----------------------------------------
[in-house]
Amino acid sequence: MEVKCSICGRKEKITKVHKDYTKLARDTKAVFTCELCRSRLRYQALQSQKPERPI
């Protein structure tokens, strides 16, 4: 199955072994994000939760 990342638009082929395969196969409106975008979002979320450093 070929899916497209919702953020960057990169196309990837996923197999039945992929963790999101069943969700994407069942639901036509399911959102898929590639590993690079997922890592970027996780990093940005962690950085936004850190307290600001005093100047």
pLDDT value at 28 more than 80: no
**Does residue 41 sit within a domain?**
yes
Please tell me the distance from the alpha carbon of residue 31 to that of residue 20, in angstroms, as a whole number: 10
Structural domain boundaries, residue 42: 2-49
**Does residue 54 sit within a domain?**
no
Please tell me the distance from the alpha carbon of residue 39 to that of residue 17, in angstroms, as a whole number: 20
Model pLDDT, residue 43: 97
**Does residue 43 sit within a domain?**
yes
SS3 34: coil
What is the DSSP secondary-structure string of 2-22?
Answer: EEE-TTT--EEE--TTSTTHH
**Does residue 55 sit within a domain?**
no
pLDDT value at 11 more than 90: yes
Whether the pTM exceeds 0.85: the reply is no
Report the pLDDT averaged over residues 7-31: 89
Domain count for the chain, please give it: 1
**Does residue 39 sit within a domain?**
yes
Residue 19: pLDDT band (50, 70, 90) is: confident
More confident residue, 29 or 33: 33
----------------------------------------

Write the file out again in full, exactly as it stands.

[in-house]
Amino acid sequence: MEVKCSICGRKEKITKVHKDYTKLARDTKAVFTCELCRSRLRYQALQSQKPERPI
């Protein structure tokens, strides 16, 4: 199955072994994000939760 990342638009082929395969196969409106975008979002979320450093 070929899916497209919702953020960057990169196309990837996923197999039945992929963790999101069943969700994407069942639901036509399911959102898929590639590993690079997922890592970027996780990093940005962690950085936004850190307290600001005093100047």
pLDDT value at 28 more than 80: no
**Does residue 41 sit within a domain?**
yes
Please tell me the distance from the alpha carbon of residue 31 to that of residue 20, in angstroms, as a whole number: 10
Structural domain boundaries, residue 42: 2-49
**Does residue 54 sit within a domain?**
no
Please tell me the distance from the alpha carbon of residue 39 to that of residue 17, in angstroms, as a whole number: 20
Model pLDDT, residue 43: 97
**Does residue 43 sit within a domain?**
yes
SS3 34: coil
What is the DSSP secondary-structure string of 2-22?
Answer: EEE-TTT--EEE--TTSTTHH
**Does residue 55 sit within a domain?**
no
pLDDT value at 11 more than 90: yes
Whether the pTM exceeds 0.85: the reply is no
Report the pLDDT averaged over residues 7-31: 89
Domain count for the chain, please give it: 1
**Does residue 39 sit within a domain?**
yes
Residue 19: pLDDT band (50, 70, 90) is: confident
More confident residue, 29 or 33: 33